On Feb 25, 11:16 am, Alexander Korsunsky <A.Korsun...@gmail.com>
wrote:
char array[10] = "abcdefghij";
It's unfortunate that this doesn't generate a
compiler warning in the same way that
int array[2] = { 1, 2, 3}; does.

[snip]

Why should it, when the definition with its initialization is
perfectly legal C?

I think it is unfortunate that it is legal C. Having "..." as
an initializer strongly implies a string, and allowing the
resulting value to be not a string is, IMO, a source of
potential confusion.

I tend not to use initiliazations, but it seems more
readable to write:

char not_a_string[3] = {'a', 'b', 'c'};
than
char not_a_string[3] = "abc".

(Note: I'm NOT advocating for a change in the language, just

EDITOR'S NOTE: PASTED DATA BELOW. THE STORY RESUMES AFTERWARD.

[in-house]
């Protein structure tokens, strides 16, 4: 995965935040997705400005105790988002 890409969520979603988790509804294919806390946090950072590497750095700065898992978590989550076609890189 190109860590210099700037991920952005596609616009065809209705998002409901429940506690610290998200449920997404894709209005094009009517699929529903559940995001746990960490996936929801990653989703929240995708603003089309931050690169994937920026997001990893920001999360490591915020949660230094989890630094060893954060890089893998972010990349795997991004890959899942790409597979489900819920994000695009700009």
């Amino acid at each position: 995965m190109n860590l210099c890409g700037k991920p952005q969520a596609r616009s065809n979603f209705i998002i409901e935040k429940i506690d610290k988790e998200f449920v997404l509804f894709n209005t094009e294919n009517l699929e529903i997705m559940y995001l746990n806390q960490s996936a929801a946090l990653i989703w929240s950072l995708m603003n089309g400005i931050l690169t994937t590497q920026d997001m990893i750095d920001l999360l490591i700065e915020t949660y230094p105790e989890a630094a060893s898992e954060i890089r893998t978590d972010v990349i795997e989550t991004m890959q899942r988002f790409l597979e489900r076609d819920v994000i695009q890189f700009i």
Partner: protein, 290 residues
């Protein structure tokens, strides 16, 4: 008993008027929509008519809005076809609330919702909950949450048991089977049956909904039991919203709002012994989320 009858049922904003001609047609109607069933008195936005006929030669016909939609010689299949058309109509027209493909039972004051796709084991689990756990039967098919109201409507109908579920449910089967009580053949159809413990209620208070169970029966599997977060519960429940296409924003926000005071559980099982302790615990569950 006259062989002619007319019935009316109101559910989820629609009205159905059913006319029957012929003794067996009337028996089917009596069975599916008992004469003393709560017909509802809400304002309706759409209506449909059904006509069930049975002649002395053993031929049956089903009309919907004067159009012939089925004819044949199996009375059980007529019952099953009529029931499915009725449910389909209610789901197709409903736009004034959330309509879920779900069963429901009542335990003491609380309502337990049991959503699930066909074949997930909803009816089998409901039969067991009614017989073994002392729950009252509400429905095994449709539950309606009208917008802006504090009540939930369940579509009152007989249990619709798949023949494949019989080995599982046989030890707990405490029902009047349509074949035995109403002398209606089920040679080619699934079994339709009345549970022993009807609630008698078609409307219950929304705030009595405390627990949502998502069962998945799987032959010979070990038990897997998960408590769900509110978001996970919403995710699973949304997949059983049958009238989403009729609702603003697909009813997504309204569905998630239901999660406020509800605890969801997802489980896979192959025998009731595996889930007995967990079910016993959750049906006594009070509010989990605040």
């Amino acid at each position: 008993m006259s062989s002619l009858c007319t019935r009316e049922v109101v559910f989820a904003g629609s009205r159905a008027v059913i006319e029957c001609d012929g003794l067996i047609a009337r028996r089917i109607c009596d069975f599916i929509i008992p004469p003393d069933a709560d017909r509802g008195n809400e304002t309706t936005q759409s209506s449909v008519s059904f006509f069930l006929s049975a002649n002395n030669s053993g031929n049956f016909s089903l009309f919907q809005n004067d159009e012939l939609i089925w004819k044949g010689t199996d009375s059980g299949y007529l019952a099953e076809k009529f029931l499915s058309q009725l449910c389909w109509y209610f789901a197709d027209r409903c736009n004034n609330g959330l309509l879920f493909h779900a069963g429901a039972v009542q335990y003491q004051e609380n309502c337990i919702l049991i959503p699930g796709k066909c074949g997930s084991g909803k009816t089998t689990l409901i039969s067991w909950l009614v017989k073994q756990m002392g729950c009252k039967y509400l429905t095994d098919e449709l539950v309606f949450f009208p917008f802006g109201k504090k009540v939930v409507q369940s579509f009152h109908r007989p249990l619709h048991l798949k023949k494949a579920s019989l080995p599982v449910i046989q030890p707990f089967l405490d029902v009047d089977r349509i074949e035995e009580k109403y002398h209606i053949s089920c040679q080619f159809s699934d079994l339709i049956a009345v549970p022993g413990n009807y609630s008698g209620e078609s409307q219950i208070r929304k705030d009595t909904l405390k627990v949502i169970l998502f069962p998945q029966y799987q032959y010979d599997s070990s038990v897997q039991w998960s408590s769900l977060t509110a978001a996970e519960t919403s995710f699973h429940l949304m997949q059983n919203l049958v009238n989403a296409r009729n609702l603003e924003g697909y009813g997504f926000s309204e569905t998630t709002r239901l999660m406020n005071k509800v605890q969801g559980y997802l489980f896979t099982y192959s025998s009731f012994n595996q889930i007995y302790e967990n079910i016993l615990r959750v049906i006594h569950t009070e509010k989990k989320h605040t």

expressing my opinion on a relatively unimportant point.)

--
Bill Pursell

Feb 26 '07 #26

P: n/a
Alexander Korsunsky said:

<snip>
Is it possible to break out of the for loop from inside of one case-
statement, or do I have to use a workaround?
I find this question rather strange. We might paraphrase it as "is it
legal to make my code harder to read, understand, and maintain in this
particular way, or will I have to find some other way to make my code
harder to read, understand, and maintain?"

Surely the best solution is to arrange your code in such a way that you
don't need to have the control flow leaping around all over the place.

--
Richard Heathfield
"Usenet is a strange place" - dmr 29/7/1999
http://www.cpax.org.uk
email: rjh at the above domain, - www.
Feb 27 '07 #27

This discussion thread is closed